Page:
Three RBS Insurance units have been forced to change their pet policy wording after the FSA found “unfair” claims terms in them.
The regulator also informed the Office of Fair Trading about the matter, which it is obliged to do in such cases.
However, RBSI insists that the issue was with the policy wording rather than the claims process itself, and that the revised wordings would not have changed any claims decisions it has made.
The terms were contained in pet policies issued by Direct Line, Churchill and UK Insurance, and related to claims the insurers are willing to pay.
The RBSI units’ policies contained a general exclusion against paying “any costs that we do not consider reasonable or necessary”.
In a further section on vet fees, the policy stated that the insurers would not pay for diagnostic laboratory fees that it considered were outside the “reasonable and customary amount” or any fees for treatment or complimentary therapy that it didn’t consider “reasonable or necessary”.
The FSA found that the wordings were potentially unfair to policyholders because they are unclear and because they give the insurer the power to decide what is “reasonable and necessary”.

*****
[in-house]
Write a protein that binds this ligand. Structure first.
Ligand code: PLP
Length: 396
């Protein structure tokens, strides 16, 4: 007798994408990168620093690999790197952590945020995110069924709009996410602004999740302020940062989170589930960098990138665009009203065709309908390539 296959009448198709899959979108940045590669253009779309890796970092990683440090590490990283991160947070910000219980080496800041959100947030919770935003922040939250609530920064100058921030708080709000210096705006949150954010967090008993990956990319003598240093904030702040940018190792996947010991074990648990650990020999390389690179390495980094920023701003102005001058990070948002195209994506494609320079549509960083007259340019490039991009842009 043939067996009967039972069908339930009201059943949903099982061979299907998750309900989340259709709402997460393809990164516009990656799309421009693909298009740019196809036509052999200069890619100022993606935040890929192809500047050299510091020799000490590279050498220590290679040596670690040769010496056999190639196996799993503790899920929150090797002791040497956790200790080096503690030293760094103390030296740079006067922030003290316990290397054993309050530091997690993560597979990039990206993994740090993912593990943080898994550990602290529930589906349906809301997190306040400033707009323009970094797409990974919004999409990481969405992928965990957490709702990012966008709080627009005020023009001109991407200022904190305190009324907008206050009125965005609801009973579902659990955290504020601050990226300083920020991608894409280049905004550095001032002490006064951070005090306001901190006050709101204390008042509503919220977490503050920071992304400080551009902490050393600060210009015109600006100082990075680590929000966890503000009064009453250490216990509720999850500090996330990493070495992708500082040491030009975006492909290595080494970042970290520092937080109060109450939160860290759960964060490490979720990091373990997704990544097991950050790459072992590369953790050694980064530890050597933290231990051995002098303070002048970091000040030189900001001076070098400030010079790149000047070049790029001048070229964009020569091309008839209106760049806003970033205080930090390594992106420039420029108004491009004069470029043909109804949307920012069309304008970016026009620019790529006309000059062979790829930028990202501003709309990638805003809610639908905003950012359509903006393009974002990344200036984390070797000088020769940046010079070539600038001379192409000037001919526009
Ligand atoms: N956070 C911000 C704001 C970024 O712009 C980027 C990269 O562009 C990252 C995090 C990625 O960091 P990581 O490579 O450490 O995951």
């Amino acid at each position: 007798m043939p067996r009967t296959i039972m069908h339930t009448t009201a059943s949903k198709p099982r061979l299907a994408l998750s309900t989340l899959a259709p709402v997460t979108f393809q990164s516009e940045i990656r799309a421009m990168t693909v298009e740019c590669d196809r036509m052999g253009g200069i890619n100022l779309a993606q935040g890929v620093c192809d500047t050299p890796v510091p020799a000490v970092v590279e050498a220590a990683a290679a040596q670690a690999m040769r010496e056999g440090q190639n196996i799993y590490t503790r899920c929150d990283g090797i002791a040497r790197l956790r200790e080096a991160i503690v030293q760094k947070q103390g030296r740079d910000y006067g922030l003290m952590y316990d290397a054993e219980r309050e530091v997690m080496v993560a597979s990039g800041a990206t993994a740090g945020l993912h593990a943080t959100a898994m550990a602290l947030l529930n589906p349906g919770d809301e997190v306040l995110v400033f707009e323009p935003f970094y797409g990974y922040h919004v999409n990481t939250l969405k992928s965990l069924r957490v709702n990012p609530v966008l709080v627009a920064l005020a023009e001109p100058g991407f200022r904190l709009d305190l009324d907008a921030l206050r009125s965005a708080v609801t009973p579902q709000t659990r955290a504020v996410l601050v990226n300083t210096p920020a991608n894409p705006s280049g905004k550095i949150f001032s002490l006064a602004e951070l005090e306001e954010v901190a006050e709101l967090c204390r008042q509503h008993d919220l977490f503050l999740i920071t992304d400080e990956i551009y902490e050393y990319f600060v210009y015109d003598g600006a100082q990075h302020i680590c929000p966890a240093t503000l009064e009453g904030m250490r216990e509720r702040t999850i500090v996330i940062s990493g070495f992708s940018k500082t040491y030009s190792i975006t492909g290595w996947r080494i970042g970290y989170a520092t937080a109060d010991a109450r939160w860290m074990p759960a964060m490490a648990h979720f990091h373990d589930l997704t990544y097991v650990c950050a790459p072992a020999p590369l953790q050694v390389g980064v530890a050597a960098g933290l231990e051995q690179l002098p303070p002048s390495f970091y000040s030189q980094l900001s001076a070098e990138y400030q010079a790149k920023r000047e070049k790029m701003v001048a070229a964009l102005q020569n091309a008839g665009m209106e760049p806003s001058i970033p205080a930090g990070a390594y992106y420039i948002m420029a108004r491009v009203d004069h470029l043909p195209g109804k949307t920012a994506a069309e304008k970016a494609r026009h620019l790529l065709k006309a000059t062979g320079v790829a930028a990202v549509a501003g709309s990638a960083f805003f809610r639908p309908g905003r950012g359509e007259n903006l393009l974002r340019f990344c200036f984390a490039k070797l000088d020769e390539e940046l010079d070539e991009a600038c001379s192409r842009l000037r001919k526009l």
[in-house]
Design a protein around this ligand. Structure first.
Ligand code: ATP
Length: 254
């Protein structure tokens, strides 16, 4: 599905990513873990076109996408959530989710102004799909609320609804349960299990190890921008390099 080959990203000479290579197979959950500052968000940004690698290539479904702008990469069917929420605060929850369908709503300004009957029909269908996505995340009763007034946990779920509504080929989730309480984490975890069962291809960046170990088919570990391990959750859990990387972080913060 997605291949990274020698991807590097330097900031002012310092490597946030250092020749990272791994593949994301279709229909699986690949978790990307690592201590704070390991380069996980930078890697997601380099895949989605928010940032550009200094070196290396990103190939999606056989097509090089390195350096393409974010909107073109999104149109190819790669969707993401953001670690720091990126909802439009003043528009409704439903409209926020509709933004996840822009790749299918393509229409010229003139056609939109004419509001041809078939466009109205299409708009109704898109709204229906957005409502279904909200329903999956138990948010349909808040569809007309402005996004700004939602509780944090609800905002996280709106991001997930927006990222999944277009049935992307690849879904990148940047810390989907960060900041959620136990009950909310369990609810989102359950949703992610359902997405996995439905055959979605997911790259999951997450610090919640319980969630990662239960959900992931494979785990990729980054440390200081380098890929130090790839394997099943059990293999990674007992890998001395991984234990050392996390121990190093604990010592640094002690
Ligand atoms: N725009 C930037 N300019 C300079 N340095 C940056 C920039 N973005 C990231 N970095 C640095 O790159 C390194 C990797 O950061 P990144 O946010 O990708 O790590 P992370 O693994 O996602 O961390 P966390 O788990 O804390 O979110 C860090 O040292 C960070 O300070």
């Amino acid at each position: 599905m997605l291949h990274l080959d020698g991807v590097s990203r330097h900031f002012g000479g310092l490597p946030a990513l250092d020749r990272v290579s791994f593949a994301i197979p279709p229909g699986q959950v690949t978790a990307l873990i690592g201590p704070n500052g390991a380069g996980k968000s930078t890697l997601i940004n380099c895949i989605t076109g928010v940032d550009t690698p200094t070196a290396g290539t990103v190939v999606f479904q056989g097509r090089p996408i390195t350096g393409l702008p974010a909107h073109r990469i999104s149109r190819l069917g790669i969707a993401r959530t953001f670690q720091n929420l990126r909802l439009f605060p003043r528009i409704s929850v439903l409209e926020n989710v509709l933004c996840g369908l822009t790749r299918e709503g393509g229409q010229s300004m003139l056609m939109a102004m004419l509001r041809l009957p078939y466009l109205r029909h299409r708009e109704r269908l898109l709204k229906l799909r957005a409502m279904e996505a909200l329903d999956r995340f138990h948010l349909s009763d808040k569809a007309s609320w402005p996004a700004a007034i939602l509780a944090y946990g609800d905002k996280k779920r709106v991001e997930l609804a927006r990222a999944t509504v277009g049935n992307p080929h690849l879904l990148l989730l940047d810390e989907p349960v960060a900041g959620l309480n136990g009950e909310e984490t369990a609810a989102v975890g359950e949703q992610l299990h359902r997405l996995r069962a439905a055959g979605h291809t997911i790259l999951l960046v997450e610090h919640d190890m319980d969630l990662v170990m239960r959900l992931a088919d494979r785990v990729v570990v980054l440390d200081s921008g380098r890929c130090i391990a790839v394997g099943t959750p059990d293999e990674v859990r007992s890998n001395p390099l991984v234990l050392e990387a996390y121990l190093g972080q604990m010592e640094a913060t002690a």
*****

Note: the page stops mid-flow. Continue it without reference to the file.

“In our view, the original terms are not drafted in plain intelligible language because the terms ‘reasonable and necessary’ are vague and potentially subjective concepts in this context and the insurer and insured are likely to have different views on this,” the FSA stated.
It added: “The original terms also reserve the meaning of ‘reasonable or necessary’ to that which the insurer considers ‘reasonable or necessary’ which, in the absence of more information from the insurer, the insured can never be certain of.”
RBSI stressed that the FSA action was an ‘undertaking’ rather than an investigation, and that it only needed to change its wordings, not its practices.
“We worked closely with the FSA on this undertaking and we fully support the findings, which involve clarifications to our policy wordings, with no fines or penalties,” RBSI head of pet insurance Adam Whiteley said in a statement. “The changes mean that our policies will now be even clearer, which should help customers. The wording changes do not represent any change to our procedures, which remain fair to customers.”
Whiteley added that the FSA undertaking involved taking a random sample of previous claims, which all showed that the clause under scrutiny had been applied correctly. “No previous decisions would be altered as a result of the update to the wording,” he said.
The revised wordings provide precise amounts that the insurer is willing to pay for each type of fee and a maximum overall amount for each case.
The new wordings were available to new policyholders starting 1 November, while existing policyholders were informed of the new wordings upon renewal after this date.
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